While Thailand was formerly world-famous for their harsh stance on cannabis, the country has made major strides in cannabis acceptance – welcoming their first cannabis cafe.
Ban Lao Reung ( ‘Storytelling House’ ) is the country’s first cafe to serve cannabis, offering cannabis leaf tempura, cannabis-juice drinks, and cannabis-pizza. The restaurant is located next door to Thailand’s (and Asia’s) first medical cannabis clinic, running out of Chaophyraya Abhaibhubejhr Hospital.
Cannabis restaurants were made possible by changes in the country’s drug classification system, which de-listed cannabis as a class-5 controlled substance in November 2020. The changes mean that the industrial use of cannabis bark, roots, leaves, stems, fibres, branches, and roots is now legal for people and organisations with a license from the health ministry. Cannabis flower and buds are excluded (at least for now).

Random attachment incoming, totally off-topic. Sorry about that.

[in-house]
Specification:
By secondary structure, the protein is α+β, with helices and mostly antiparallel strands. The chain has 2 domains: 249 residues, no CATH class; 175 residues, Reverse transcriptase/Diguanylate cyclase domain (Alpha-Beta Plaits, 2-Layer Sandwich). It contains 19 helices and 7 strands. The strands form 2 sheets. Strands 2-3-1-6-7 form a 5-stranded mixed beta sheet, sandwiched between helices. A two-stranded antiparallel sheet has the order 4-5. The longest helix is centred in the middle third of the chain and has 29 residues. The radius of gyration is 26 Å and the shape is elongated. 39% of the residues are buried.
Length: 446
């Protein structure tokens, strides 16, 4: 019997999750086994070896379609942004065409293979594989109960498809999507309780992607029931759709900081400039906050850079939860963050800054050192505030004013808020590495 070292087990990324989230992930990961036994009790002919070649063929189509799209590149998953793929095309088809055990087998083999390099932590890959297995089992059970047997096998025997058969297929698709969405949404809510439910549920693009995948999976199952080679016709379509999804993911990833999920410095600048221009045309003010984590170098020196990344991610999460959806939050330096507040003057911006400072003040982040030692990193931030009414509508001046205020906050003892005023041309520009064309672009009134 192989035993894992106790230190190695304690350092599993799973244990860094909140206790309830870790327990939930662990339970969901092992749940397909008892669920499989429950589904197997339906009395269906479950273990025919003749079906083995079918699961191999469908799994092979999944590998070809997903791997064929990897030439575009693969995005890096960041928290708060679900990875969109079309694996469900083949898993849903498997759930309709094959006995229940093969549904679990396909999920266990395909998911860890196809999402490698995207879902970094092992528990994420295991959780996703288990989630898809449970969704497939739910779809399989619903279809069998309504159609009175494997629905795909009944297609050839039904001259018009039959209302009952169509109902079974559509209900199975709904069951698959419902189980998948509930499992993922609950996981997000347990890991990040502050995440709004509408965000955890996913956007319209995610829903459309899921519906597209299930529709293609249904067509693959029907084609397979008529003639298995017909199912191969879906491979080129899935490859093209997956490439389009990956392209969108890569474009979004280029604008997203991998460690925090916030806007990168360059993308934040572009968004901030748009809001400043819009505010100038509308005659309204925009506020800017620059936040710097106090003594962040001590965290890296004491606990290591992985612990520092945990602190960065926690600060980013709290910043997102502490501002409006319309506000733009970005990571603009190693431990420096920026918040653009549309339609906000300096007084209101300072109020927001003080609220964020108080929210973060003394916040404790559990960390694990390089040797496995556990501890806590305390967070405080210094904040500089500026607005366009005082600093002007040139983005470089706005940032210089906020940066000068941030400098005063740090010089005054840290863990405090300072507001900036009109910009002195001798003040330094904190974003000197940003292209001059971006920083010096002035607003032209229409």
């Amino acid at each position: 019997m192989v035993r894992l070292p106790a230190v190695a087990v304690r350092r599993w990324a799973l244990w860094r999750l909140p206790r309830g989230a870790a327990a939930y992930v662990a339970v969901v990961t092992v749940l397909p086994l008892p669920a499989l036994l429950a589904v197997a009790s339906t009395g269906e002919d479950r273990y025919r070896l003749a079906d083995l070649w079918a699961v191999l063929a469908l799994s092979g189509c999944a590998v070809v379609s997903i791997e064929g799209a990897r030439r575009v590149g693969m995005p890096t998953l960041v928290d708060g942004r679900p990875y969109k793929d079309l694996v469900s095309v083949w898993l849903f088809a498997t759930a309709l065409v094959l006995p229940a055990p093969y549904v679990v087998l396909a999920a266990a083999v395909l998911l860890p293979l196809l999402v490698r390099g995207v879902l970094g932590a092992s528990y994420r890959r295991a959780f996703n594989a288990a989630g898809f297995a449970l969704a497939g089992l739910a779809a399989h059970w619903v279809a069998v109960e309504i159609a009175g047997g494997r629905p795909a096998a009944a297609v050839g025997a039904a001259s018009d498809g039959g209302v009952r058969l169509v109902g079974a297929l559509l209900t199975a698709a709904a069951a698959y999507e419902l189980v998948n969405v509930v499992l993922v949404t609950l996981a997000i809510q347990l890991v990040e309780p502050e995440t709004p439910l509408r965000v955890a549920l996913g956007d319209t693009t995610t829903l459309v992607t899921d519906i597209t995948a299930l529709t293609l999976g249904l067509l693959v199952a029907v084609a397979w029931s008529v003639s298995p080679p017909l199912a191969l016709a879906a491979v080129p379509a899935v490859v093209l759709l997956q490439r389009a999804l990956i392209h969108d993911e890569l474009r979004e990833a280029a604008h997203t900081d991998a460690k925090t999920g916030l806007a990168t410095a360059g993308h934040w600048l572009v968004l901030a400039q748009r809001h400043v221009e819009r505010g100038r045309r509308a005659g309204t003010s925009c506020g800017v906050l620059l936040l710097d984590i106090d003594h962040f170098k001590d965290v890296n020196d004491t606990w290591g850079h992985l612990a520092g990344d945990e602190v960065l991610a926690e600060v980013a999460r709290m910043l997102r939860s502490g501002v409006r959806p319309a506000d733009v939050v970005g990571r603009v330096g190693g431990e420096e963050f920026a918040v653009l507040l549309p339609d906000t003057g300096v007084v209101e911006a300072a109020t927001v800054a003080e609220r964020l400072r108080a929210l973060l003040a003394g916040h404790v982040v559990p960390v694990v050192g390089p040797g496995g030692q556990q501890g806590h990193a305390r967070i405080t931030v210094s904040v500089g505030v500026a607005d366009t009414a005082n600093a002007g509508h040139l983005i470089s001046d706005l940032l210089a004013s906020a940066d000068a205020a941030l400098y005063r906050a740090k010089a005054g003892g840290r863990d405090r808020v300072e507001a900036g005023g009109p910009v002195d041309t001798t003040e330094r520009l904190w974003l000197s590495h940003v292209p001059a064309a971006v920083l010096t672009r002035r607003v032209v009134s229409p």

While the country’s first cannabis clinic caught mainstream attention worldwide, Thailand has repeatedly made headlines for its fast strides in cannabis acceptance.
Their first cannabis clinic opened in January 2020. Since then, they de-listed cannabis, welcomed plantations in eight provinces, and drafted plans for a medical cannabis-themed tour for tourists (including Aussies). By 2024, this will lead Thailand’s cannabis industry to be worth around $958 million.
While Thailand has embraced cannabis as a “cash cow”, Australia has been left in the dust. While the majority of Thailand’s citizens support legalising cannabis, only 41% of Australians feel the same way.
We may have legalised medical cannabis first, but accessing medical cannabis in Australia is still difficult and (very) expensive at best. It’s so bad that Australia has altruistic cannabis growers giving patients free medical cannabis on the black market.
Australian medical cannabis patients are also stigmatised at every turn – on the road, in the clinic and by government departments like the Department of Veteran Affairs. While many medical cannabis companies are working to make things better, they are at the mercy of a government who doesn’t care for cannabis or the people who need it.
Ultimately, this sets a precedent that is holding Australia’s cannabis industry back.
In one year, Thailand has done more for medical cannabis users than Australia has done in four.
Do better, Australia.